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Emilio Jacinto: the Brain and Soul of the Katipunan (December 15, 1875 — April 16, 1899)

Laguna Tourism, Culture, Arts & Trade Office
December 10, 2014
 
Emilio Jacinto was considered one of the greatest military strategists during his time who played a very important role in the fight for Philippine Independence. For Andres Bonifacio, Emilio Jacinto was “the brain and soul of the Katipunan.” He was very close to Bonifacio who treated him as his brother.
 
Very little is known about Jacinto’s childhood up until he went to college. By that time, Jacinto was proficient both in Spanish and Tagalog though he preferred to speak in Spanish most of the time.
 
Jacinto loved learning and despite being an orphan, he had been lucky enough to be educated in good schools through the kind–heartedness of his uncle. He grew up to be a brilliant, nationalistic and morally principled young man.
 
Jacinto managed to send himself to San Juan de Letran College, and later transferred to the University of Santo Tomas to pursue law. There he became classmates with future Filipino leaders Manuel QuezonSergio Osmeña and Juan Sumulong. He left college even before completing his law degree and joined the secret society “Kataas-taasan, Kagalang–galangang Katipunan ng mga Anak ng Bayan” or more popularly called Katipunan whose objective was to gain Philippine Independence from Spanish rule.
 
Jacinto became the youthful adviser on fiscal matters and secretary to Andrés Bonifacio because of his intelligence. Being a member of its Supreme Council, he was elected Secretary of State for the Haring Bayang Katagalugan, a revolutionary government established during the outbreak of hostilities. He became a Filipino General during the Philippine Revolution and was one of the highest ranking officers of the revolutionary society. He was later known as “Utak ng Katipunan”.
 
One of Jacinto’s greatest passions was reading books and his book collection consisted of how to make gunpowder and dynamite. One of his favourite books was about the French Revolution. He also learned a few things about the art of war, military strategies and ways of making weapons of war.
 
Jacinto was inspired to be a good writer by Dr. Jose Rizal, author of Noli Me Tangere and El Filibusterismo, and the revolutionary propagandist Marcelo H. Del Pilar, founder and co–publisher of the newspaper La Solidaridad and author of the anti–cleric literatures such as “Kaiingat Kayo” and “Aba Ginoong Barya”.
 
Jacinto wrote the primer of the Katipunan, the oath of pledges, and edited the revolutionary newspaper of the Katipunan called Kalayaan under the pseudonym 'Dimasilaw', and used the alias 'Pingkian' in the Katipunan. He was also the author of the Kartilya ng Katipunan, ethics code or the guidebook for members of the Katipunan in fighting the Spanish colonizers that also contained the constitution and by–laws of the Katipunan.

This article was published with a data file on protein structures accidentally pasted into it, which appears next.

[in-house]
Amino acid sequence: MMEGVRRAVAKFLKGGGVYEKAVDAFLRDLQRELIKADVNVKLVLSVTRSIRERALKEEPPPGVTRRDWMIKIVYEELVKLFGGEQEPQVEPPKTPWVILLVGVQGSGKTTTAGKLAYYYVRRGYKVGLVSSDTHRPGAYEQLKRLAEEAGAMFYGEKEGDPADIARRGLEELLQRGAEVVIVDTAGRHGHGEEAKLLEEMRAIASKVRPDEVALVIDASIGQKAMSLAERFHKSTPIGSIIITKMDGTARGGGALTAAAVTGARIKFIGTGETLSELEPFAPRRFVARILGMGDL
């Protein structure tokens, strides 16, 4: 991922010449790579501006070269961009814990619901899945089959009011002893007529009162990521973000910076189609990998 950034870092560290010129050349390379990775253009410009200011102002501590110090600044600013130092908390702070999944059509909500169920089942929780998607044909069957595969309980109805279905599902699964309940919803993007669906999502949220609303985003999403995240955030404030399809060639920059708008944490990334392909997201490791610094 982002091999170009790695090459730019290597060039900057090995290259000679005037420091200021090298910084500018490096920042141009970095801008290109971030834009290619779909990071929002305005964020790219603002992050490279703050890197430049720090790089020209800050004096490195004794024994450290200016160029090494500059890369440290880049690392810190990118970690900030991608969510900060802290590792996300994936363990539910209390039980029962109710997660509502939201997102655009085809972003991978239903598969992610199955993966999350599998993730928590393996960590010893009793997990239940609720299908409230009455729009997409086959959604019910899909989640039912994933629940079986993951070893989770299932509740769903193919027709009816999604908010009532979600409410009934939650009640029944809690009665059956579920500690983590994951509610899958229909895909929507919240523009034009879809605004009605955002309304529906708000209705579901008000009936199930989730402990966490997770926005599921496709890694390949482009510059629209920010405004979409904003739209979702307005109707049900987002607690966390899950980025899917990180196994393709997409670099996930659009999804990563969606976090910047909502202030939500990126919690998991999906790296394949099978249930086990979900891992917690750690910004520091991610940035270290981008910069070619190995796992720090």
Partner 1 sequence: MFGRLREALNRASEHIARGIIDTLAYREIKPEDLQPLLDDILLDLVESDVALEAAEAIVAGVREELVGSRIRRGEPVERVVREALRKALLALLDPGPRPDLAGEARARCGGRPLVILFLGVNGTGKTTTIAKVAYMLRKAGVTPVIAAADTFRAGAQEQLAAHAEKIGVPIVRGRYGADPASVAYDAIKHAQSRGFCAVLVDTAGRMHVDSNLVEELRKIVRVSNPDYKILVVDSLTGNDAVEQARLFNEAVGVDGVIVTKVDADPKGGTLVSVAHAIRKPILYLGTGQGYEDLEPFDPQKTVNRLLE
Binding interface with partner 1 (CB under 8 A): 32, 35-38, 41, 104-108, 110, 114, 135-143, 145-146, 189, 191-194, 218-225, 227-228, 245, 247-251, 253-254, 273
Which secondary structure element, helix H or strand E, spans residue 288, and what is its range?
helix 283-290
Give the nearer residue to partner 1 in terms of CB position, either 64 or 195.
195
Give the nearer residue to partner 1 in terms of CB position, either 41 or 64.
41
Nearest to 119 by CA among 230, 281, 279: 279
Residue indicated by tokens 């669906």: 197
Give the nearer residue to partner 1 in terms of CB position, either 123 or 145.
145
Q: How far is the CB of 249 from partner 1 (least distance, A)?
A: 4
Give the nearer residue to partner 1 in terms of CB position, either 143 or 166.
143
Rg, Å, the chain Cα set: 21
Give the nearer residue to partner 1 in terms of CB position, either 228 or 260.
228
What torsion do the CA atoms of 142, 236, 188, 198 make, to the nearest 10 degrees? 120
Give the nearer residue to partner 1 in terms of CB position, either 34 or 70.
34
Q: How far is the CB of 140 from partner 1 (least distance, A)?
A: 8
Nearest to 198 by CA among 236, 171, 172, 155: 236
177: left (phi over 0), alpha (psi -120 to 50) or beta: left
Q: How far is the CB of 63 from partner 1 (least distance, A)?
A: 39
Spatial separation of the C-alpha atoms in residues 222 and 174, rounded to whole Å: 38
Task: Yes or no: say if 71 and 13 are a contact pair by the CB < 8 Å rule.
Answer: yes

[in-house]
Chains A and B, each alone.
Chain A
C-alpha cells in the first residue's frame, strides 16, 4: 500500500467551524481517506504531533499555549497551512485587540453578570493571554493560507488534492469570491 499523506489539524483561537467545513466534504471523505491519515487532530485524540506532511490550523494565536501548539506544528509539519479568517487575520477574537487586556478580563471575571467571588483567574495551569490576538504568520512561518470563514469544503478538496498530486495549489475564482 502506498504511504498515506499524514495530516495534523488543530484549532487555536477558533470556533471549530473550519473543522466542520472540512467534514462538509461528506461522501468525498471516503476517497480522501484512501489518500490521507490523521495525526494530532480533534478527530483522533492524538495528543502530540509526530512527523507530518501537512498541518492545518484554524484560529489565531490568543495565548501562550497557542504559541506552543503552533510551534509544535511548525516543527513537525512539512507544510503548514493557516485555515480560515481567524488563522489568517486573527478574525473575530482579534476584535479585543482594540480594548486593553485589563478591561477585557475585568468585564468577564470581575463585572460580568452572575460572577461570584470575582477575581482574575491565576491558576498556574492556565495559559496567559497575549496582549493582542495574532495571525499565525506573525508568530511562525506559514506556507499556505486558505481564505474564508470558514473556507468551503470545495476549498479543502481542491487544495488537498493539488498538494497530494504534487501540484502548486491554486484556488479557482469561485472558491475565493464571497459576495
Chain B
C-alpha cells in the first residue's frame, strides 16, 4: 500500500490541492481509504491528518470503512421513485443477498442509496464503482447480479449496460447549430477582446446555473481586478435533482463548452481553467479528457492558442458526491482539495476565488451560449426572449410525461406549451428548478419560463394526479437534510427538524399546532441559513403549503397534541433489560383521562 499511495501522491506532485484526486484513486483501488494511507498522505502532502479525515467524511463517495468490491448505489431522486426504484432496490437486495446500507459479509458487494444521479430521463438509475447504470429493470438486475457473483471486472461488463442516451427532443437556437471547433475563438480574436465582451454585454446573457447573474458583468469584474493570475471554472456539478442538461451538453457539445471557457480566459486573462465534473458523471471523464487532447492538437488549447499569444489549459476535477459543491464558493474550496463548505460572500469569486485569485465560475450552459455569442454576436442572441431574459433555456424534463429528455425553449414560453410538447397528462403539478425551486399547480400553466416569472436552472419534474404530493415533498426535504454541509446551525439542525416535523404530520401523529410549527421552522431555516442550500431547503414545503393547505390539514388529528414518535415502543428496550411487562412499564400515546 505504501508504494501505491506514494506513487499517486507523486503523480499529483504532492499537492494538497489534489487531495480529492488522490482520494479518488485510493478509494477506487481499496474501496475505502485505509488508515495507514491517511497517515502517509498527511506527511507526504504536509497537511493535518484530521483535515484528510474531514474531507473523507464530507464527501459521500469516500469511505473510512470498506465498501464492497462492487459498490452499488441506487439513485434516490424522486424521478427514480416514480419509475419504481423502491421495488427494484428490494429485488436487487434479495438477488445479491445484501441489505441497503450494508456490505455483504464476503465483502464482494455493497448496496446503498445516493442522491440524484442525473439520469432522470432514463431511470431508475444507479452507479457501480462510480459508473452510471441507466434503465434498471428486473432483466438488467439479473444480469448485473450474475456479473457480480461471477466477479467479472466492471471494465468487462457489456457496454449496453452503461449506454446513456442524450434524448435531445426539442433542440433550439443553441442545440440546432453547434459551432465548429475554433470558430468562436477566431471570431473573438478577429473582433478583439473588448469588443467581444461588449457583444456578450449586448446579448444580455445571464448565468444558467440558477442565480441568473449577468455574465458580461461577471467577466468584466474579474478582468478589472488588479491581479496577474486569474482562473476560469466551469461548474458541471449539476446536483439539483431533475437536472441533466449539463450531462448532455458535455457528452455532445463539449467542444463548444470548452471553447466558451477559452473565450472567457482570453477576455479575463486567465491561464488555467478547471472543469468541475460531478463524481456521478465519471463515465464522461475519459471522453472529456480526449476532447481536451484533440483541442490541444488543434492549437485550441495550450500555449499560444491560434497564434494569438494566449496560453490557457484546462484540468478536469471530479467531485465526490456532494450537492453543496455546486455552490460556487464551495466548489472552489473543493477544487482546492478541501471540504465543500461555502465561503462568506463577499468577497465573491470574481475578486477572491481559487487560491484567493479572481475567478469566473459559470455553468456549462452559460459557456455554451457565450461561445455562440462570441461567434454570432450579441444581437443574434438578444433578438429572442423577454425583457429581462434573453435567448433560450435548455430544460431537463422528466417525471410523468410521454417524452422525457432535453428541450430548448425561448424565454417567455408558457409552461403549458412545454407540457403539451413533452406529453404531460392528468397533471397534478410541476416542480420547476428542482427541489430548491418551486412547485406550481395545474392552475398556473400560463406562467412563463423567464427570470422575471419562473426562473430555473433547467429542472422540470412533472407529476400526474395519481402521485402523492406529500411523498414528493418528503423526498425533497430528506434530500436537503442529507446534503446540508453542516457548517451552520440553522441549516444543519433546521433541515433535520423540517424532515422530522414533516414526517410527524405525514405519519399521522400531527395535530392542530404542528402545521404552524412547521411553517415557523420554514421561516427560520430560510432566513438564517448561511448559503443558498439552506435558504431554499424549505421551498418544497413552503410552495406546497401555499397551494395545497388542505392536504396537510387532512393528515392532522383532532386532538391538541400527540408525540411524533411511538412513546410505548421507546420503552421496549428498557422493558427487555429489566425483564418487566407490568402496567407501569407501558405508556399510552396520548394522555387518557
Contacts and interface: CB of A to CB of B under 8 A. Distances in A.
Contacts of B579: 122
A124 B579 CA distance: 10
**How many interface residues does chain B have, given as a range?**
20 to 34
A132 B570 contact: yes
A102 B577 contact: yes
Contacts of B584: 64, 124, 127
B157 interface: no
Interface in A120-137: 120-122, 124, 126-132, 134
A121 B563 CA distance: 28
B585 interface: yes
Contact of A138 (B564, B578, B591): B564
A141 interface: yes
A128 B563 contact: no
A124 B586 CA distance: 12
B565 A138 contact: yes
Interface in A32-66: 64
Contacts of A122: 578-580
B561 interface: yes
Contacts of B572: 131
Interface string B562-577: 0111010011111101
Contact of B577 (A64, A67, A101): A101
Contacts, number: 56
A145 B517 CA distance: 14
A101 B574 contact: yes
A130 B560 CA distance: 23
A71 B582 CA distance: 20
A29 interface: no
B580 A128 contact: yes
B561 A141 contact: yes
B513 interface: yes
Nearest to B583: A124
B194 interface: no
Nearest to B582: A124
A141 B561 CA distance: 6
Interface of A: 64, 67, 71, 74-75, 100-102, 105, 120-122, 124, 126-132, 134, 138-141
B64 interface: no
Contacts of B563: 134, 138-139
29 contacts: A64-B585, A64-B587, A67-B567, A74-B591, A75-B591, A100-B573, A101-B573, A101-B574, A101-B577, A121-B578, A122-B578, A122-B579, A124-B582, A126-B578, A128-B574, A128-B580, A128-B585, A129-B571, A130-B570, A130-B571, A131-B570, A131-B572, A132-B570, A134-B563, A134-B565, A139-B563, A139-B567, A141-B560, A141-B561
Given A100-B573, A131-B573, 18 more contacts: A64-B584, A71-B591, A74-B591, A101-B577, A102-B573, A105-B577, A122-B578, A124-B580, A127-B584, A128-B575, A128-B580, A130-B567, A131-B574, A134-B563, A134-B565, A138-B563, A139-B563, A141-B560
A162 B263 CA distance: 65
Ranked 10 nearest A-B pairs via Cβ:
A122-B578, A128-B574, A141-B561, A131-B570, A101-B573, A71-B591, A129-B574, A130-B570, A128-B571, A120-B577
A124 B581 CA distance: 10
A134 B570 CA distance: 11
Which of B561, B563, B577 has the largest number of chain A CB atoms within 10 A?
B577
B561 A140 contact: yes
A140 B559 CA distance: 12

After Bonifacio's execution, Jacinto lived in Laguna and joined the militia fighting the Spaniards. He pressed on with the Katipunan's struggle but he refused to join the forces of General Emilio Aguinaldo, a leader of the Katipunan's Magdalo faction and by then the President of the Revolutionary Government because they had different views. Jacinto’s last position was as Commanding General of the Northern District of Manila, accordingly appointed by Bonifacio on April 15, 1897.
 
On October 8, 1897, Jacinto wrote his masterpiece “A La Patria” (To My Fatherland) in Sta. Cruz, Laguna. The poem was inspired by Jose Rizal's “Mi Ultimo Adios”. Written in Tagalog and relatively unknown, Jacinto's poem nevertheless overflows with patriotic sincerity and he is said to equal Rizal in nobility and loftiness of thought.
 
In 1898, while leading his troops against the Spaniards in the Battle of Maimpis in Magdalena, Laguna, Jacinto was severely wounded and was captured and then taken to the church.  He was saved by an identity pass which belonged to another man identifying him as a Spanish spy.  His wounds were treated and he was released. 
 
While living in San Juan, Sta. Cruz, Jacinto contracted malaria and died on April 9, 1899 at the age of 23. It was said that he became a meat dealer before his death. A photo taken during Jacinto’s wake shows his pregnant wife and other mourners. His remains were buried in Sta. Cruz, Laguna but were transferred to the Manila North Cemetery a few years later. Just after he was buried, American soldiers stormed into Laguna.
 
In the 1970’s, Jacinto's remains were again transferred and then enshrined at the Himlayang Pilipino Memorial Park in Quezon City. At the shrine is a life–size bronze sculpture of a defiant Jacinto riding a horse during his days as a revolutionary.
 
Some of his close descendants have surfaced recently and acknowledged their lineage to Jacinto. They are all Chinese from Binondo and Tondo, proving that Jacinto was of Chinese ancestry.
 
As a tribute to his heroic deeds, Jacinto's likeness was featured on the old 20 peso bill that circulated from 1949 to 1969, and also on the old 20 centavo coin.
 
Finally in 1999, the National Historical Commission of the Philippines installed a historical marker in the first burial site of Jacinto in San Juan, Sta. Cruz, Laguna recognizing the historicity of the place and honoring Jacinto’s patriotic sojourn.